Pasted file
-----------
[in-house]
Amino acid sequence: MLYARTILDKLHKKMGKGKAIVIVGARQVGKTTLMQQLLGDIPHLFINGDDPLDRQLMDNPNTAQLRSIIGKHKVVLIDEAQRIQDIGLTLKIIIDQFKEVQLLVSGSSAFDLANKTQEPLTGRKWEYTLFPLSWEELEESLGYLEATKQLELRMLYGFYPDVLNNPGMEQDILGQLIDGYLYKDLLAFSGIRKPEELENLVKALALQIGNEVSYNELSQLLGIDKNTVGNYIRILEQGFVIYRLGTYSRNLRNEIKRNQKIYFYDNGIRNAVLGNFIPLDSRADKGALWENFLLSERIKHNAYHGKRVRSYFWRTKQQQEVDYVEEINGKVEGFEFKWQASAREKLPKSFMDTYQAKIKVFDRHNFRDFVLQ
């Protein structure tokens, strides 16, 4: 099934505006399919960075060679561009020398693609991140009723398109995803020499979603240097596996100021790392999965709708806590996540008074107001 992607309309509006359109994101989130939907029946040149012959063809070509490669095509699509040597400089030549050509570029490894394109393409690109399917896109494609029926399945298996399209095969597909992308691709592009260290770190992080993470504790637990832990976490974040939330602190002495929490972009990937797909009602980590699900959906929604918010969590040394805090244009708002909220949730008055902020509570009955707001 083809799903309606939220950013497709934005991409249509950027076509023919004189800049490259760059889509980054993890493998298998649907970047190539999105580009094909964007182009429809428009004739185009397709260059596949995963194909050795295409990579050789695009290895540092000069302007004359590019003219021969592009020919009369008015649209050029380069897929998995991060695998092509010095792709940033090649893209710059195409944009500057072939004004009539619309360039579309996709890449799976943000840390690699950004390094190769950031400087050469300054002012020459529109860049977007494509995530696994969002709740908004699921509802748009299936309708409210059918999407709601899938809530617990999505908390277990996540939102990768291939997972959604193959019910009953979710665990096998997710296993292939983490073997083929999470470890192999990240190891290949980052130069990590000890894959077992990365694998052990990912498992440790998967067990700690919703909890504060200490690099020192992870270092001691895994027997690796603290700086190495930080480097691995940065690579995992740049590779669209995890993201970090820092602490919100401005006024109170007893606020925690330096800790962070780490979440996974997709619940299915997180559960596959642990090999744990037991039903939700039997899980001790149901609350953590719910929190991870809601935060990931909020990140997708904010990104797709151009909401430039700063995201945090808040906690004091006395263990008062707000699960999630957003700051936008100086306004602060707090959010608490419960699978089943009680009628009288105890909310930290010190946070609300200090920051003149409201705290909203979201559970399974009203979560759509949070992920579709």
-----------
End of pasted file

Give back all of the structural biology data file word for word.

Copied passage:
[in-house]
Amino acid sequence: MLYARTILDKLHKKMGKGKAIVIVGARQVGKTTLMQQLLGDIPHLFINGDDPLDRQLMDNPNTAQLRSIIGKHKVVLIDEAQRIQDIGLTLKIIIDQFKEVQLLVSGSSAFDLANKTQEPLTGRKWEYTLFPLSWEELEESLGYLEATKQLELRMLYGFYPDVLNNPGMEQDILGQLIDGYLYKDLLAFSGIRKPEELENLVKALALQIGNEVSYNELSQLLGIDKNTVGNYIRILEQGFVIYRLGTYSRNLRNEIKRNQKIYFYDNGIRNAVLGNFIPLDSRADKGALWENFLLSERIKHNAYHGKRVRSYFWRTKQQQEVDYVEEINGKVEGFEFKWQASAREKLPKSFMDTYQAKIKVFDRHNFRDFVLQ
């Protein structure tokens, strides 16, 4: 099934505006399919960075060679561009020398693609991140009723398109995803020499979603240097596996100021790392999965709708806590996540008074107001 992607309309509006359109994101989130939907029946040149012959063809070509490669095509699509040597400089030549050509570029490894394109393409690109399917896109494609029926399945298996399209095969597909992308691709592009260290770190992080993470504790637990832990976490974040939330602190002495929490972009990937797909009602980590699900959906929604918010969590040394805090244009708002909220949730008055902020509570009955707001 083809799903309606939220950013497709934005991409249509950027076509023919004189800049490259760059889509980054993890493998298998649907970047190539999105580009094909964007182009429809428009004739185009397709260059596949995963194909050795295409990579050789695009290895540092000069302007004359590019003219021969592009020919009369008015649209050029380069897929998995991060695998092509010095792709940033090649893209710059195409944009500057072939004004009539619309360039579309996709890449799976943000840390690699950004390094190769950031400087050469300054002012020459529109860049977007494509995530696994969002709740908004699921509802748009299936309708409210059918999407709601899938809530617990999505908390277990996540939102990768291939997972959604193959019910009953979710665990096998997710296993292939983490073997083929999470470890192999990240190891290949980052130069990590000890894959077992990365694998052990990912498992440790998967067990700690919703909890504060200490690099020192992870270092001691895994027997690796603290700086190495930080480097691995940065690579995992740049590779669209995890993201970090820092602490919100401005006024109170007893606020925690330096800790962070780490979440996974997709619940299915997180559960596959642990090999744990037991039903939700039997899980001790149901609350953590719910929190991870809601935060990931909020990140997708904010990104797709151009909401430039700063995201945090808040906690004091006395263990008062707000699960999630957003700051936008100086306004602060707090959010608490419960699978089943009680009628009288105890909310930290010190946070609300200090920051003149409201705290909203979201559970399974009203979560759509949070992920579709």